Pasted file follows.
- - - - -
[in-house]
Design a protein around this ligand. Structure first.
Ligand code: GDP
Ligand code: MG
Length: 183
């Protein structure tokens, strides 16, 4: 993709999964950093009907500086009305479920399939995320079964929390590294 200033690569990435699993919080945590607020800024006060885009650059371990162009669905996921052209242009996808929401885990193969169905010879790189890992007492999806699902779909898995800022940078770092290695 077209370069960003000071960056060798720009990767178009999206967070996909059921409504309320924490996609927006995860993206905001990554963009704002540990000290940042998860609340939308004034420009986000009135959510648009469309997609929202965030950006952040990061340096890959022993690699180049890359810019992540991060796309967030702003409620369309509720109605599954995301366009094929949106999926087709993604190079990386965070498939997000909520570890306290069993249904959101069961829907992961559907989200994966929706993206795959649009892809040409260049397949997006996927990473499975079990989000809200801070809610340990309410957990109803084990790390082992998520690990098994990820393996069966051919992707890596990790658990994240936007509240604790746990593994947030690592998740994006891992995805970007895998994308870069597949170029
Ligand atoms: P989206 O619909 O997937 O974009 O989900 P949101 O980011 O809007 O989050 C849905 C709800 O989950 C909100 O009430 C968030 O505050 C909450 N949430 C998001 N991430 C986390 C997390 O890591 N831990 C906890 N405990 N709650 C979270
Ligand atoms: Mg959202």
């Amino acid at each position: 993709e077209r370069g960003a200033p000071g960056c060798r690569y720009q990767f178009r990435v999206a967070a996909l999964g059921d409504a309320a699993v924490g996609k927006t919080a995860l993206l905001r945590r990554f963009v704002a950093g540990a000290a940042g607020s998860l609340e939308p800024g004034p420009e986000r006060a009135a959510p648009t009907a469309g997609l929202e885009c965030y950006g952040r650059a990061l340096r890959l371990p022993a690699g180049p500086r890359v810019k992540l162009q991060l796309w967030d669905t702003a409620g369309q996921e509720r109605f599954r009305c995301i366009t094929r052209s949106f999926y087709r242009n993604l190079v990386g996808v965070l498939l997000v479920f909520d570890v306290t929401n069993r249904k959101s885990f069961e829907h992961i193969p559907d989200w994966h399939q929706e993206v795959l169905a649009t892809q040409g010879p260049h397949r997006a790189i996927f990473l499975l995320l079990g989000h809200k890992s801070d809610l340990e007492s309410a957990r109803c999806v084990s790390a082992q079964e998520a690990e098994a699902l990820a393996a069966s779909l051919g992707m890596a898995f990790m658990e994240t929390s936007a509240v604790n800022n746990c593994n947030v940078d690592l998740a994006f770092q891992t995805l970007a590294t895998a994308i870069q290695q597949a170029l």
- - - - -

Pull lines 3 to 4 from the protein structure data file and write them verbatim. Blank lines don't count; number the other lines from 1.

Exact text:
Ligand code: GDP
Ligand code: MG